Bringing sexual harassment into mainstreaming occupational safety and health
The IUF Action Program for Equality includes a commitment to fight for safe and decent workplaces for women; to ensure that a policy on bullying and sexual harassment is agreed upon at every workplace; and seeks to address women’s safety and health at work with a special emphasis on domestic violence and violence in the workplace. Including gender-based violence in the occupational safety and health agenda is a way to get these issues incorporated into the mainstreaming agenda affecting all workers. Framework agreements and collective bargaining has been important ways to set this agenda.
Training for women to address gender-based violence in Tanzania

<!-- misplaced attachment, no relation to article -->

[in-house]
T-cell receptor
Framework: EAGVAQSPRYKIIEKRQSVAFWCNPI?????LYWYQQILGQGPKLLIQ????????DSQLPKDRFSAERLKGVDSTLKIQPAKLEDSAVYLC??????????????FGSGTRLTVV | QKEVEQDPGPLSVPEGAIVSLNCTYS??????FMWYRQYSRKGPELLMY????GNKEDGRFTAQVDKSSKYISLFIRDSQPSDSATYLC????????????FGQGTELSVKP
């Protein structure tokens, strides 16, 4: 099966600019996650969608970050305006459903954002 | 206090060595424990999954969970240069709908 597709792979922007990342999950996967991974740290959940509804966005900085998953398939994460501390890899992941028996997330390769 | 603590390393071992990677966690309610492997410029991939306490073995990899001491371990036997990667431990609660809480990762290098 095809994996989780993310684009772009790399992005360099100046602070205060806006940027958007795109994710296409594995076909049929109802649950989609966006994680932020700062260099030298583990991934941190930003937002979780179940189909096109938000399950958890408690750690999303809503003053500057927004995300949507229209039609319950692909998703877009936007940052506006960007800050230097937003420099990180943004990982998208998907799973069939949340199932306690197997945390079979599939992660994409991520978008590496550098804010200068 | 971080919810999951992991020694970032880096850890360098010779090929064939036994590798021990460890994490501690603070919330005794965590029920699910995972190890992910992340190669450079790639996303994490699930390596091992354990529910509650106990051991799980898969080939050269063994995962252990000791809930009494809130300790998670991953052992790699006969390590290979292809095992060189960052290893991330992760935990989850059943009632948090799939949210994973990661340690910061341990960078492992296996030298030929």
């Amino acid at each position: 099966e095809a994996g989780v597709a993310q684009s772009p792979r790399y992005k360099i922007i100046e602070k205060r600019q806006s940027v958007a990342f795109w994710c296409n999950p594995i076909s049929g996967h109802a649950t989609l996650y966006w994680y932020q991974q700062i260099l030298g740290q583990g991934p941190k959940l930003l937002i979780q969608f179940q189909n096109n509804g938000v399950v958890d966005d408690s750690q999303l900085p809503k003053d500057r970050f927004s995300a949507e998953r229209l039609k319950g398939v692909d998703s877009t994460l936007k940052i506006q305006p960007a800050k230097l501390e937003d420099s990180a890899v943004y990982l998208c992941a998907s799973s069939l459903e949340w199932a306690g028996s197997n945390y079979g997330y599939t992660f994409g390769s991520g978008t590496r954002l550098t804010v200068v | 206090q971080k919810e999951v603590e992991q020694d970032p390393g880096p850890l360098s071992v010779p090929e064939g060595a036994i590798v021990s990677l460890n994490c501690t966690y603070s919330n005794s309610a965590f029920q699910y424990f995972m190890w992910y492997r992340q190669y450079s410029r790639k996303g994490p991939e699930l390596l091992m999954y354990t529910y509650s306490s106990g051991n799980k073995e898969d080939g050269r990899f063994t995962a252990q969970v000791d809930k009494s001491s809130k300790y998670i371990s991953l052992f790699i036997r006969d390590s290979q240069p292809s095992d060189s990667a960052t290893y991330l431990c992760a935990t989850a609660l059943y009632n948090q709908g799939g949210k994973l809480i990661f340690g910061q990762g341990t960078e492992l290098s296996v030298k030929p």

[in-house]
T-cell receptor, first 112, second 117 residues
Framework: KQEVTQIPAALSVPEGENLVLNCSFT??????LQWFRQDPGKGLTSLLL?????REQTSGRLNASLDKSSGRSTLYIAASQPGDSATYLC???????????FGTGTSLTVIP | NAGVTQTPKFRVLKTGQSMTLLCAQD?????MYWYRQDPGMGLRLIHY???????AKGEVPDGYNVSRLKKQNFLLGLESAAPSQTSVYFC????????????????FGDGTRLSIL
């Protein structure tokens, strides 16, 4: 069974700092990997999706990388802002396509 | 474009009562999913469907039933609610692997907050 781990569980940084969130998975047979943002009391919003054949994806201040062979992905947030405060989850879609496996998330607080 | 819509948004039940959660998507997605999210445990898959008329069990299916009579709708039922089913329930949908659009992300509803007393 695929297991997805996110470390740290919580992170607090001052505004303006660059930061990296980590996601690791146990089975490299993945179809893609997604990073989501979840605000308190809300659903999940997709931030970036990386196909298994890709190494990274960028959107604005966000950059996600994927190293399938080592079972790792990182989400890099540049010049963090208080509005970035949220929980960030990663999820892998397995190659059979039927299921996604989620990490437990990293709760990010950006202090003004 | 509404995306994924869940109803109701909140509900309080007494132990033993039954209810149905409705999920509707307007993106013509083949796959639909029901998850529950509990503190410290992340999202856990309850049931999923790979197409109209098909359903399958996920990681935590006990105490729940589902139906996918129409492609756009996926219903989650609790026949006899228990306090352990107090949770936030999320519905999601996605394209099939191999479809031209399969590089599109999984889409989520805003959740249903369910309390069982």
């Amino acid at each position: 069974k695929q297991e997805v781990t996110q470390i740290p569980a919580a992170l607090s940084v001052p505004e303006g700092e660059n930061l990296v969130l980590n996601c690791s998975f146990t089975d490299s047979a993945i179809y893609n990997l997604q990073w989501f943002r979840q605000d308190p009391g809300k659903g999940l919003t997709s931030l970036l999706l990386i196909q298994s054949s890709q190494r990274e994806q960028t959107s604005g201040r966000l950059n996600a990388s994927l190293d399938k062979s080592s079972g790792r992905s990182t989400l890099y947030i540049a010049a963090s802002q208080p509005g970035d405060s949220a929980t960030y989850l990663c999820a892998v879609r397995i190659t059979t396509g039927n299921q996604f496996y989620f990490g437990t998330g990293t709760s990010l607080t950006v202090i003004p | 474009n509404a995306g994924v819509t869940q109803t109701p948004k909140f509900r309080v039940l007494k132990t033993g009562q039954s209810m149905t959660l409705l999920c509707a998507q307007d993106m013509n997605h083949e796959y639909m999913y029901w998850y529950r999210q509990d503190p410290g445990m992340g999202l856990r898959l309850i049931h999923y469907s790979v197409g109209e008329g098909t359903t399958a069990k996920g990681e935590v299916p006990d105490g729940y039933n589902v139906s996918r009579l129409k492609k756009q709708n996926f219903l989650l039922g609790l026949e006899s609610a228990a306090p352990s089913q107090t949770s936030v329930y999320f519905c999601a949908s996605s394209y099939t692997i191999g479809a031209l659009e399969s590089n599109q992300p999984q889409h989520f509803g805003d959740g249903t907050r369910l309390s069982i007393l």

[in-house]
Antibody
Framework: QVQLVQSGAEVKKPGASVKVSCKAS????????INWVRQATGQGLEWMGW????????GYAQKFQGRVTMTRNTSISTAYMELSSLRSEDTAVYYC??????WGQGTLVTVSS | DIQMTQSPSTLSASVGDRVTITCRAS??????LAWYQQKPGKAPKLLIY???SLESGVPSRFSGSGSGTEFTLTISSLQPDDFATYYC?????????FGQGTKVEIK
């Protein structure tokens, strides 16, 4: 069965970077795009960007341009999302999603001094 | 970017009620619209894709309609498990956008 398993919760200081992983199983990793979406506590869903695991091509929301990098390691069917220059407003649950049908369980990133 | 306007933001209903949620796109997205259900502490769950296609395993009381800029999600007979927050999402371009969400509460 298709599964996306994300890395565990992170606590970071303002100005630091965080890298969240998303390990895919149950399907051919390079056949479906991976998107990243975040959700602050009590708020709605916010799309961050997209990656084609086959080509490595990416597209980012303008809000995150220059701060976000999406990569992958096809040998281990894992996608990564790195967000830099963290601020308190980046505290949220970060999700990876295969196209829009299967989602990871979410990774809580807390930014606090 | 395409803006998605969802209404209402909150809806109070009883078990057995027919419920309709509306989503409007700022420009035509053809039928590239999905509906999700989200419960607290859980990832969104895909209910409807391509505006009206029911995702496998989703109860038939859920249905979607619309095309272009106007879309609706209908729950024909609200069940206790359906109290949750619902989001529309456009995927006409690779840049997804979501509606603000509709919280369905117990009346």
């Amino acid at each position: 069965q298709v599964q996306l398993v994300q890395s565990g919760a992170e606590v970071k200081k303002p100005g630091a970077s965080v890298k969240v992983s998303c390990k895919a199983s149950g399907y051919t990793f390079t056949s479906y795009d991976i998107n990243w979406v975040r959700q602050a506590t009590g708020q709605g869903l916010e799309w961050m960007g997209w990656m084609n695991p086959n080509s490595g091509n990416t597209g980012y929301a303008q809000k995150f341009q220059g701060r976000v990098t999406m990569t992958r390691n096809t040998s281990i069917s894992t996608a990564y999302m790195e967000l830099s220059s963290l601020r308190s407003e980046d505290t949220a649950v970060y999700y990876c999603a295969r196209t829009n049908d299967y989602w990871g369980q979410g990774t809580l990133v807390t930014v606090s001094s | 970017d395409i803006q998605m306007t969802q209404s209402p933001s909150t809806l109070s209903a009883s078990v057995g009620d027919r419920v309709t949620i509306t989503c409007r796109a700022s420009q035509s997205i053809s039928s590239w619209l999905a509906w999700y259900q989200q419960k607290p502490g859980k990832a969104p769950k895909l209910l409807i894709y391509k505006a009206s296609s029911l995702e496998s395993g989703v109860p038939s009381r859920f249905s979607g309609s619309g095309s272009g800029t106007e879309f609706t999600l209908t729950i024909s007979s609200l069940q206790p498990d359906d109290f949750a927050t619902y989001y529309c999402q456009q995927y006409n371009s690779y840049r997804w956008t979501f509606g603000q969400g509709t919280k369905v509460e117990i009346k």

The Tanzanian unions TUICO and TAMICO have addressed women’s health and gender-based violence in the workplace through training 25 women from textile, mining and energy companies. Topics included gender-based violence and how to address sexual harassment and rape. The project found that young women from textile factories are often victims of gender-based violence by senior staff, mostly expatriates. Many of the young women come from villages far away and live in hostels within the factory compound, where, in most cases, no other activities beside work are available. There is a very high pregnancy rate among young women in the factory. During the workshop women were encouraged to report any offence to their trade union representative at the plant. The average age in the factory is 23 years.